Pioneer women of the past, for the future
By Connie Berry
Nearly 175 years ago on March 25, 1836, six sisters of St. Joseph arrived at the Old Cathedral in St. Louis, Mo. They had traveled for two months from LeHavre, France, at the invitation of the bishop of St. Louis who requested the sisters to take on the instruction of the deaf. After studying English in St. Louis for a short while, they founded their first mission in Cahokia, Ill., just across the Mississippi River. A few months later they were established in a log cabin at Carondelet, about five miles south of St. Louis, which remains the location of the Motherhouse. Nearly every Sister of St. Joseph congregation in the U.S. can be traced to this first group of sisters.
The original order was established in France long before the sisters arrived in the U.S. The sisters were founded around 1650 in LePuy-Velay, France by Jean Pierre Medaille, a Jesuit priest, and Francoise Eyraud. The archbishop of Lyons sent a letter of introduction for the sisters stating, “They will be excellent catechists, good infirmarians and zealous instructors.”
In 2008, the Sisters of St. Joseph of Carondelet celebrated the 150th anniversary of their arrival in Oswego and the anniversary of the Albany Province. This 175th anniversary will include all the congregations of the Sisters of St. Joseph who sprang from the original half-dozen sisters who first came to the U.S.
Sister Laura Bufano, a Syracuse native and a graduate of St. Vincent de Paul High School, is currently congregation director and a member of the Congregation Leadership Team. She explained from her office in St. Louis that the sisters follow a collaborative leadership model. The 175th anniversary plans have been on the team’s agenda for approximately two years. The sisters plan a large celebration this summer in St. Louis and the individual provinces will plan their own celebrations to suit their communities all year long.
The theme for the year-long event is “To the Seventh Generation.” Sister Laura said they used a 25-year generation for their planning purposes and the celebration will include the vision for the next seven generations.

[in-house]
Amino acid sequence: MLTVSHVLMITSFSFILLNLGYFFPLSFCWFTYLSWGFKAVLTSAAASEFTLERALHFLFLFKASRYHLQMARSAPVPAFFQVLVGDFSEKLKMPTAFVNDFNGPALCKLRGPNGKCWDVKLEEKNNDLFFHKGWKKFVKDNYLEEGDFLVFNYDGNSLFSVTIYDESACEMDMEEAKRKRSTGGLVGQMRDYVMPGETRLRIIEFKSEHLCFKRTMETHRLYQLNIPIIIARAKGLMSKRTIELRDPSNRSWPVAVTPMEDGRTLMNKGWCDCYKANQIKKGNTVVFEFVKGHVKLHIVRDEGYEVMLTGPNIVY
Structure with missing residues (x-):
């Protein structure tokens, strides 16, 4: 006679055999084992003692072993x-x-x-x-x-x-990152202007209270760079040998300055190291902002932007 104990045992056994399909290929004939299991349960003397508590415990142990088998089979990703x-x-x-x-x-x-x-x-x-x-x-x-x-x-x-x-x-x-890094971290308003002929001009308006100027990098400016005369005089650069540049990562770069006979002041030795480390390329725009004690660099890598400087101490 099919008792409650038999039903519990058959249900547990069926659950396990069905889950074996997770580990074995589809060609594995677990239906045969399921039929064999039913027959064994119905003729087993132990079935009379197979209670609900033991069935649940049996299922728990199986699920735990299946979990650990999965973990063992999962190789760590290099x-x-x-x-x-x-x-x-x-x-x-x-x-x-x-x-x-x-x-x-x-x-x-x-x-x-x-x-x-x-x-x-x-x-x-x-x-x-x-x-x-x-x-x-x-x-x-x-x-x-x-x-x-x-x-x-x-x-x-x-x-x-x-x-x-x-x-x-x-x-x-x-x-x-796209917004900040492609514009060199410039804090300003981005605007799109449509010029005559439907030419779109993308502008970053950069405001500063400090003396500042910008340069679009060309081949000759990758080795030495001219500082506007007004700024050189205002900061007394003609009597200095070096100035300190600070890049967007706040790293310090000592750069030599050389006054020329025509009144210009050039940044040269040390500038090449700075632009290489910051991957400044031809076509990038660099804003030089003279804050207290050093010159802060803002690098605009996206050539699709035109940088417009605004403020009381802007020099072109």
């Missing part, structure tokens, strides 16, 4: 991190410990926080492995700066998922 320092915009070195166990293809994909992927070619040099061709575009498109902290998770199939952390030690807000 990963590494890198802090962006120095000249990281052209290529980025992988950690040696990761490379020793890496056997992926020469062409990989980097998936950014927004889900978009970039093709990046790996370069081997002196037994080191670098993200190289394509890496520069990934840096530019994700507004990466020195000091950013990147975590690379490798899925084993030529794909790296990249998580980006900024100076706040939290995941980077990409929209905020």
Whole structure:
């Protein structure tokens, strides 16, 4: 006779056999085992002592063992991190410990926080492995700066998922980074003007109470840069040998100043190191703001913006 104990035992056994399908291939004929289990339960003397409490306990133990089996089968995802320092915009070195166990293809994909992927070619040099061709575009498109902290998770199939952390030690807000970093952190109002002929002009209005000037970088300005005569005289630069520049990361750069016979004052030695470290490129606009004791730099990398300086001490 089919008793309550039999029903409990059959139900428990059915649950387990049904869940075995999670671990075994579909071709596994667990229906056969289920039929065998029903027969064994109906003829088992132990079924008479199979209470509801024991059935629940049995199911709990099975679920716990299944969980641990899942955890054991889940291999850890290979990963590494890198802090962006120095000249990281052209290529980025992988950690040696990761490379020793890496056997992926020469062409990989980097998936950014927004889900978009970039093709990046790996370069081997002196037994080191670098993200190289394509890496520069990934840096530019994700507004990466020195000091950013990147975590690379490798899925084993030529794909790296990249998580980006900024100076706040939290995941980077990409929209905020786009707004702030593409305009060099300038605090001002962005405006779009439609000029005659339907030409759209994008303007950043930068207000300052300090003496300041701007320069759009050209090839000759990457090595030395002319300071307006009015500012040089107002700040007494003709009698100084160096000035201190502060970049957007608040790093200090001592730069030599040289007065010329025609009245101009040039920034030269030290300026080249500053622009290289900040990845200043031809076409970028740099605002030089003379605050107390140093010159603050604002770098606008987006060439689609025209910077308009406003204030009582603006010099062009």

“We stand on the shoulders of the women who went before us,” Sister Laura said. “This is truly a celebration of where we’ve come from and where we are and how we are moving forward into the future.”
One of the most significant features of the summer celebration is that sisters from St. Louis, Albany, Los Angeles, St. Paul, Hawaii, Japan, Peru and Chile will all come together. There will be the opportunity for the lay associates and all supporters of the sisters to celebrate as well.
Sister Lois Barton serves in the Syracuse and Binghamton areas as a spiritual director and speaker. She is on the Ritual Committee for the summer event.
“In our province, we’re spending an entire year of reflection on our identity,” Sister Lois wrote in an e-mail. “It began with our annual Community Weekend in October and will culminate next October with special attention to a day of thanksgiving on March 25th, the day the first sisters arrived in St. Louis.”
For Sister Lois, the trip those first sisters made hit home as she recently arrived back in Binghamton from a trip to California.
“Last night at midnight, I stepped off a plane in Binghamton eight hours after boarding in San Diego, California — a trip of the same approximate mileage as that of the sisters. And I came home to a warm bed in my own room. Their saga was one of incredible danger, austerity and sacrifice which continued throughout their lives of amazing service to the ‘dear neighbor.’ These are the women we come from and we are humbled and proud to carry on the tradition of what has become for us and those we serve the Congregation of the Great Love of God,” Sister Lois wrote.
The Sisters of St. Joseph of Carondelet have served the people of the Syracuse Diocese in schools, hospitals, orphanages, parishes and in many more capacities.
The congregation is made up of 1,411 vowed religious and 675 lay associates. The charism and spirituality of the sisters hasn’t changed over the years. Sister Mary Rose Noonan, another Syracuse Diocese native from Our Lady of Lourdes Parish in Utica, is the communications director for the Albany Province. She said the fundamental core for the sisters has essentially remained the same.
“Our founder, Jean Pierre Médaille, SJ, and our first sisters were inspired and excited by Jesus’ invitation ‘that all may be one,’” Sister Mary Rose wrote from Albany. “Our charism, the gift of the Holy Spirit that directs our mission, is to work to be one with God, among ourselves, with all other persons and with all God’s creation. So, even as the world changes, we are still called to bring and facilitate unity and reconciling love.”
The current celebration, Sister Laura said, calls the congregation into deeper communion. Through the current use of technology, she explained, sisters from all the provinces are able to work together to plan the celebration. “Conference calls, e-mails and even Skype,” Sister Laura explained, “We’re using technology the best we can to communicate and we can do a lot of planning that way.
“That’s been our emphasis since the beging,” she said, “to have sisters across the congregation reflecting the culture of where they come from.”
Part of recognizing the anniversary will include some form of public action having to do with immigration reform. Sister Laura said those plans were not completed yet but would be announced later this year.
The original Sisters of St. Joseph of Carondelet traveled seven weeks across the ocean and then another several weeks up the Mississippi River from New Orleans. Traveling to the homecoming in St. Louis will be less of a struggle for the contemporary sisters but their charism to serve the church alongside the laity remains just as solid today.